Winning the asthma fight starts with prevention and recognizing the causes and triggers of asthma is a great start.
Astma prevention is easier said than done though and the main problem is a lot of the triggers we need to avoid are the exact same ones we come into contact with everyday. In other words, avoiding them on occasions is nearly impossible.
Triggers such as animal fur, pollens, dust mites, chemicals, general pollution and even food, yes food, are things we come into contact everyday not because we want to but because they are part and parcel of modern day living.
So what can you do? Do you build yourself a nuclear style shelter and simply hide away from society. That thought sometimes is appealing for some strange reason but the best plan of attack for asthma prevention is just to be aware and not become complacent. Read more
Wednesday, April 30, 2008
Asthma sufferers basically have to adopt a maintenance and control aspect in dealing with their condition since the causes have still not been determined. Asthma doesn't have to diminish your quality of life, however. The Herbs Herbal Remedies blog gives five asthma prevention tips which could be lifesavers.
Monday, April 21, 2008
Teeth whitening treatments at the dentist work well, but they're expensive. You can use this natural method as a substitute, and all you need is a strawberry and baking soda.
White teeth and strawberries may not sound like they go hand in hand, but it turns out the berries can actually lighten your smile. Read more
Saturday, April 19, 2008
Monday, April 14, 2008
If an elderly person falls and is injured, their ability to live independently decreases. Even a fall that does not cause an injury can limit confidence and the ability to be comfortable living independently. A new study suggests that yoga poses can prevent falls in women over 65.
A specific type of yoga can help improve stability and balance in women over age 65, which could help to prevent falls, finds a preliminary study out of Temple University's Gait Study Center.
Dr. Jinsup Song and researchers at the School of Podiatric Medicine and the College of Health Professions examined the gait and postural stability of 24 elderly females who were enrolled in an Iyengar yoga program specifically designed for those over 65. They found that at the end of the nine-week program, participants had a faster stride, an increased flexibility in the lower extremities, an improved single-leg stance and increased confidence in walking and balance. Read more
Friday, April 11, 2008
In 1973, Benjamin Feingold M.D. presented extensive research to the American Medical Association linking food additives to learning and behavior disorders. His research has been ridiculed and studies done to disprove his statements. However, about 70% of those who have tried the Feingold diet had significant decreases in symptoms of hyperactivity. A recent British study just adds more credence to the "Feingold Hypothesis."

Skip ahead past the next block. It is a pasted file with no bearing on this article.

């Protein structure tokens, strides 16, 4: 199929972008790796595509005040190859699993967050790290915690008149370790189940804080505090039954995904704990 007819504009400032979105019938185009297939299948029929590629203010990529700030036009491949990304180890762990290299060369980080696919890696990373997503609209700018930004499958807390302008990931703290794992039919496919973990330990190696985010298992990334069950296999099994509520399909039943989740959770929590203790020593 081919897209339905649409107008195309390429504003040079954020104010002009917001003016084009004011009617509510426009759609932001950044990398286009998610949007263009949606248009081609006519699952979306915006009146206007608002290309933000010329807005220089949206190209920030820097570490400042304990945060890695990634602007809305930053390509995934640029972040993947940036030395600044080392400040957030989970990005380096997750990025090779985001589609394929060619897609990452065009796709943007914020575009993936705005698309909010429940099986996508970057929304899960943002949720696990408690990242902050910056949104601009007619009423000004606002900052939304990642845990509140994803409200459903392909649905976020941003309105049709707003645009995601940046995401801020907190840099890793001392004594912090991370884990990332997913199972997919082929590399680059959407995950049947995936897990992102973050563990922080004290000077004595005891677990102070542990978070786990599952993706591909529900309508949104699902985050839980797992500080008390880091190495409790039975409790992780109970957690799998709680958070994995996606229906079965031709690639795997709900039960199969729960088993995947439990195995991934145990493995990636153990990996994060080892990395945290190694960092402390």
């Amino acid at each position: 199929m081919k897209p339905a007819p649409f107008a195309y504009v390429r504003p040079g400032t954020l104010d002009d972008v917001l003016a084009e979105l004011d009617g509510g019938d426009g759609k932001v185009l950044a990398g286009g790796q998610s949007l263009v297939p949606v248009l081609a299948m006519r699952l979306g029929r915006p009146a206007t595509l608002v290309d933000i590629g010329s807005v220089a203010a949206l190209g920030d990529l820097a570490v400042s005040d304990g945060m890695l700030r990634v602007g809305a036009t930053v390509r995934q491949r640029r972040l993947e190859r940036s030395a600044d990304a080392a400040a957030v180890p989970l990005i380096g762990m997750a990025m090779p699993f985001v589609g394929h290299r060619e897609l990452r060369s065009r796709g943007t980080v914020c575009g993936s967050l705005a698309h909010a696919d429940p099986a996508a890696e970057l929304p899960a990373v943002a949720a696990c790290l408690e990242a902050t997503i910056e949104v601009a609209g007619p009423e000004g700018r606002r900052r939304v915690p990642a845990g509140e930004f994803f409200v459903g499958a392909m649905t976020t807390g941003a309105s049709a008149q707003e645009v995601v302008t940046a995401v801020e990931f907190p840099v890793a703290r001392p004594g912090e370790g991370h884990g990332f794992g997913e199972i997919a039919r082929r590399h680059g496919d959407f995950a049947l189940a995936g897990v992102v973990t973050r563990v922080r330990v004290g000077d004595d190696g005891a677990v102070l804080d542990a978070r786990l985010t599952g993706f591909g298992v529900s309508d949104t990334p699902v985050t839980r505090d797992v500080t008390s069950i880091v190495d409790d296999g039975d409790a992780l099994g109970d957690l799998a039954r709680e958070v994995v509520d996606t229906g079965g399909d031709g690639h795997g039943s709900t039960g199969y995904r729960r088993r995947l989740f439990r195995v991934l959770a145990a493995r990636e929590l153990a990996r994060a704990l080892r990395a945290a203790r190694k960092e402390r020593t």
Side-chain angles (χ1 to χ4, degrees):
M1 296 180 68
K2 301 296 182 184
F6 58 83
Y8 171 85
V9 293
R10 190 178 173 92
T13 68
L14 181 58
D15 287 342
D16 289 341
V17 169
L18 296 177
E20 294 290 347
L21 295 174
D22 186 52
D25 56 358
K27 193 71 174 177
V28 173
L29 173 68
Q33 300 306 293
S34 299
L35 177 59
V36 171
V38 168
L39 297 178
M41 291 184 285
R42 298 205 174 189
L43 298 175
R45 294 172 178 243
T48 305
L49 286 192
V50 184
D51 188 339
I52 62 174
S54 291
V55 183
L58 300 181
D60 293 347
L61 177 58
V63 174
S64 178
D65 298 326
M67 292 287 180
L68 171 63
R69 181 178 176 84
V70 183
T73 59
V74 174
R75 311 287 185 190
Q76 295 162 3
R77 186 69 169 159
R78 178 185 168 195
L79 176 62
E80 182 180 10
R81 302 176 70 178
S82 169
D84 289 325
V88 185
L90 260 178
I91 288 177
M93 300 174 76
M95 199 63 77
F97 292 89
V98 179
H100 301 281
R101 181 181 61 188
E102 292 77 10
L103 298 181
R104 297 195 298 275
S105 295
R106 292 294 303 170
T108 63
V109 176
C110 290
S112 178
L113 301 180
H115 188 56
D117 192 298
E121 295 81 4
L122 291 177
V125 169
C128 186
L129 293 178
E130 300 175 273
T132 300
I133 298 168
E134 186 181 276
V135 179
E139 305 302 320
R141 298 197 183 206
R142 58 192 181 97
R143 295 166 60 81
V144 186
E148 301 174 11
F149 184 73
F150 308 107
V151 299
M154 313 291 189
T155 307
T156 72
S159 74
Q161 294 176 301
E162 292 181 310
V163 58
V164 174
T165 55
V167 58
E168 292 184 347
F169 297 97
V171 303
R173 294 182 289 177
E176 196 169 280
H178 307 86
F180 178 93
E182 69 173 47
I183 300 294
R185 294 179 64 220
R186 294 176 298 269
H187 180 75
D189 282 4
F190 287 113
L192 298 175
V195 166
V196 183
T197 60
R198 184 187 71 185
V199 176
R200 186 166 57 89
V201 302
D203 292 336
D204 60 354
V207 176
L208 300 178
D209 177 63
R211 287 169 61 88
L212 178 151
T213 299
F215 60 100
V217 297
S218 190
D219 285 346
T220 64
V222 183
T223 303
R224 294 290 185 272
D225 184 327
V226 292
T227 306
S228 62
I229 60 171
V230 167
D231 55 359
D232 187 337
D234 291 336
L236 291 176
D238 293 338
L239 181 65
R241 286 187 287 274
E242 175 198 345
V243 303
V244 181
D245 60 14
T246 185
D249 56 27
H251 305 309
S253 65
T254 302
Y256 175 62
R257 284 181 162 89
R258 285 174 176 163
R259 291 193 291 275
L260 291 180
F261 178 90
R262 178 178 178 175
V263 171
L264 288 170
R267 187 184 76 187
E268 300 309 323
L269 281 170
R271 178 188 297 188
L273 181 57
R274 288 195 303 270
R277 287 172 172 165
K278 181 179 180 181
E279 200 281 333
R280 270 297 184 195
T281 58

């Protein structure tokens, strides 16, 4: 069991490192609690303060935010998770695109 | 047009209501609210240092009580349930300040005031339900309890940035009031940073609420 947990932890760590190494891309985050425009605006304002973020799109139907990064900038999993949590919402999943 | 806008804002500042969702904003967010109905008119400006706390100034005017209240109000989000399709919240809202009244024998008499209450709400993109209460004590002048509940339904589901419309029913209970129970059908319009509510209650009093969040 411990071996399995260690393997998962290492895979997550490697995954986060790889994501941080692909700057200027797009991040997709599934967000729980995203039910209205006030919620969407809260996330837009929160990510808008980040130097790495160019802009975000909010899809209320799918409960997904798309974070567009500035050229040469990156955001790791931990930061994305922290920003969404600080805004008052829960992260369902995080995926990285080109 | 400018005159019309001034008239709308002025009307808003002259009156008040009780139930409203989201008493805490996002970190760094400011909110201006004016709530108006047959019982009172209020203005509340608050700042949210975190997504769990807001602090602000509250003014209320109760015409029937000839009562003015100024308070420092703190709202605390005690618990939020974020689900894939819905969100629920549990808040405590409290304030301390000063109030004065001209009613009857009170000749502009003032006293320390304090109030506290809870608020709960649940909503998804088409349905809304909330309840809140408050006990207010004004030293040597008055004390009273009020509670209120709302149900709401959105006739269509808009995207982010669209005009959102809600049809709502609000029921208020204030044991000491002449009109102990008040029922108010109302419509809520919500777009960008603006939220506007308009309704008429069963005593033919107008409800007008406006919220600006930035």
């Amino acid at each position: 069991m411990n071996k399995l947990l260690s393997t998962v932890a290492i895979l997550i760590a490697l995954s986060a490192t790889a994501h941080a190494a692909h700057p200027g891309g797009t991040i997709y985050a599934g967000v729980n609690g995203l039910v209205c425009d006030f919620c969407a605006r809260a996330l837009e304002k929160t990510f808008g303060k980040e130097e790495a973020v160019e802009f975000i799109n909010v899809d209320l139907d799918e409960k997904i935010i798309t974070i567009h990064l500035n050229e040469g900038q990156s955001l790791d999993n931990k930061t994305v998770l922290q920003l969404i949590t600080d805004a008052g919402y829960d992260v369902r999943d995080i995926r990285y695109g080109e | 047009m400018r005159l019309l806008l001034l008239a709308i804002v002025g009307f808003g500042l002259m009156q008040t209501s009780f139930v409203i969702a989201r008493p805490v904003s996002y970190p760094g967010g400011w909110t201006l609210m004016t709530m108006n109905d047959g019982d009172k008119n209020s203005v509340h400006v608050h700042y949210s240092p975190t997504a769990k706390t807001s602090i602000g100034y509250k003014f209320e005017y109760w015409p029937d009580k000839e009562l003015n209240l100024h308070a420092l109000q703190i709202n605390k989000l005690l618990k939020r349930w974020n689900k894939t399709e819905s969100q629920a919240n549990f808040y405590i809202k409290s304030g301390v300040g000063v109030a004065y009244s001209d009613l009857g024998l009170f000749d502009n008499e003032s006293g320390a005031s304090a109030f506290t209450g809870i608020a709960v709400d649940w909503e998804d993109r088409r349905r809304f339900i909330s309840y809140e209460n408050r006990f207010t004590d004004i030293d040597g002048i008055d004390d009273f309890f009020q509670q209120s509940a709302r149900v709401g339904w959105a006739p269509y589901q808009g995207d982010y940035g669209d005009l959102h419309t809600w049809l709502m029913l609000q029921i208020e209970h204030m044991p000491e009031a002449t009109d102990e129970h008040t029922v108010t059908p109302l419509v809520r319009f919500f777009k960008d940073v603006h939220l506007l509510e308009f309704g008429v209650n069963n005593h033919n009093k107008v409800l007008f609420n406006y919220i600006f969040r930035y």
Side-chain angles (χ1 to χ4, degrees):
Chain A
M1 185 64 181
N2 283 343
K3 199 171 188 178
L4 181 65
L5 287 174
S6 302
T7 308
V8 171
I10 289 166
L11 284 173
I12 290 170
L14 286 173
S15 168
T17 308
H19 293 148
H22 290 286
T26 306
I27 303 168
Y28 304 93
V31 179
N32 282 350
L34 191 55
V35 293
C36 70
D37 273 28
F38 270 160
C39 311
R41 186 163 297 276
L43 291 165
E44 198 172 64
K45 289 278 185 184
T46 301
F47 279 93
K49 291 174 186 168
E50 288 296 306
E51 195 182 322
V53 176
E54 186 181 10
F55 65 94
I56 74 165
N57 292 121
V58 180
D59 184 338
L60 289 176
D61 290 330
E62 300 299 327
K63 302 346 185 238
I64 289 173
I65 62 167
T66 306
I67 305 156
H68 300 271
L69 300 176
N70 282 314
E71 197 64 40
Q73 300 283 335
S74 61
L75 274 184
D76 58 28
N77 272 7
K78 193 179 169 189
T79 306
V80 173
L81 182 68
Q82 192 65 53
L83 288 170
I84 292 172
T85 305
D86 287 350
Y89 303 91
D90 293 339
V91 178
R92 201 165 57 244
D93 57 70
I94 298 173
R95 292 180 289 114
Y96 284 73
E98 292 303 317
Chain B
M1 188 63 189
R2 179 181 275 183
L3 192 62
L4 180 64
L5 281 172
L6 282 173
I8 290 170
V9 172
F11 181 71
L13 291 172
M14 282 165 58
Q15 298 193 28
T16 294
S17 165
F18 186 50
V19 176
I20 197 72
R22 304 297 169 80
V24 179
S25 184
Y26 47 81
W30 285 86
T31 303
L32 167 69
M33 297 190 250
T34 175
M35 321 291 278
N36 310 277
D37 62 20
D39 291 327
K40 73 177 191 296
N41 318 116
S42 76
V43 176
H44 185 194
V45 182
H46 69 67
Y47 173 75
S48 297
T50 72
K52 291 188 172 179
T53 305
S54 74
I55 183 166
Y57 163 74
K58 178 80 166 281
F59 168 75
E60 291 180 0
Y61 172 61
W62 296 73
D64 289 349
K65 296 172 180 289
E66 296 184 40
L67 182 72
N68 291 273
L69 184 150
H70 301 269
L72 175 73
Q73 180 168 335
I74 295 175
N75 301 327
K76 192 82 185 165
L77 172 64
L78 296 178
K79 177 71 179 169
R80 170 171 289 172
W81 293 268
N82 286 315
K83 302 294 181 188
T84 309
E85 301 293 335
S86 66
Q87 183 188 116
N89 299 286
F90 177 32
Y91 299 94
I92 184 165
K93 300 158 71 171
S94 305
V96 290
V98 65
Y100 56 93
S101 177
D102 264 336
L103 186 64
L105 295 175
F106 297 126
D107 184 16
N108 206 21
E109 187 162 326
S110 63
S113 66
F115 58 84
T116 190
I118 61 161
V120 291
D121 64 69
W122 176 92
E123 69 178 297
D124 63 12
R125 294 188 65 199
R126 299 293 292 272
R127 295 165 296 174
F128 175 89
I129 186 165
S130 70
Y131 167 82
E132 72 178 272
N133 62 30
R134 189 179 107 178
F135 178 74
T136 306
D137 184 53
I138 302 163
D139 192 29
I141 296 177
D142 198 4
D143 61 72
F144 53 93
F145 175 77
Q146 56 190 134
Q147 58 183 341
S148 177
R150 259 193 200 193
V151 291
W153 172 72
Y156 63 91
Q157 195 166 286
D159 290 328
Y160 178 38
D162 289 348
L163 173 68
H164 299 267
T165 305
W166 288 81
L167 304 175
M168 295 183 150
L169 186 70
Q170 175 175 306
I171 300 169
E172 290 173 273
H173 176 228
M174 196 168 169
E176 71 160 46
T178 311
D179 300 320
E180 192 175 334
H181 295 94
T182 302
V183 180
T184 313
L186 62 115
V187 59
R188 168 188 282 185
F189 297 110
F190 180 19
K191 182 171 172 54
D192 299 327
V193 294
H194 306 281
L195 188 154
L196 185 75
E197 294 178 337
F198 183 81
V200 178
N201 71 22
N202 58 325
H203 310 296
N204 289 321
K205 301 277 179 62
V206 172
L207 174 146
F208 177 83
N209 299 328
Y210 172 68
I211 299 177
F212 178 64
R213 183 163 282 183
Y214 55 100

The number of hyperactive children could be cut by a third by banning suspect food additives, it is claimed today.
The finding by British scientists will put pressure on the Food Standards Agency to force manufacturers to stop using the "E-number" chemicals.
The researchers believe that removing artificial colours from children's foods, including cakes, drinks and sweets, would bring significant health and social benefits. Read more
Wednesday, April 9, 2008
Kava kava is an herb that has been widely used for hundreds of years by native South Pacific Islanders. When used occasionally, kava can help you relax and even relieve anxiety.
... Recent clinical studies have shown that kava is a safe, non addictive anti-anxiety herbal, which is as effective as prescription medications containing benzodiazepines such as valium. However, unlike the prescription meds which may cause confused thinking processes and lethargy, kava actually has been demonstrated to improve concentration, memory and reaction time for people who are suffering from the symptoms caused by anxiety. Kava can be beneficial in achieving a relaxed state of mind without the adverse side effects. Read more
Friday, April 4, 2008
You can stop carrying around that water bottle now. It's official: drinking massive amounts of water is not beneficial to your health.
UK experts say research which finds drinking lots of water does little to improve health should not discourage people from topping up regularly.Since humans throughout history have never drunk the massive amounts of water recommended by some modern "experts," common sense should have told us that it was neither necessary nor healthful.
A scientific review by the University of Pennsylvania said some people, such as athletes, may need to drink a lot.
But they found little evidence that flushing out toxins through drinking copious amounts improved health. Read more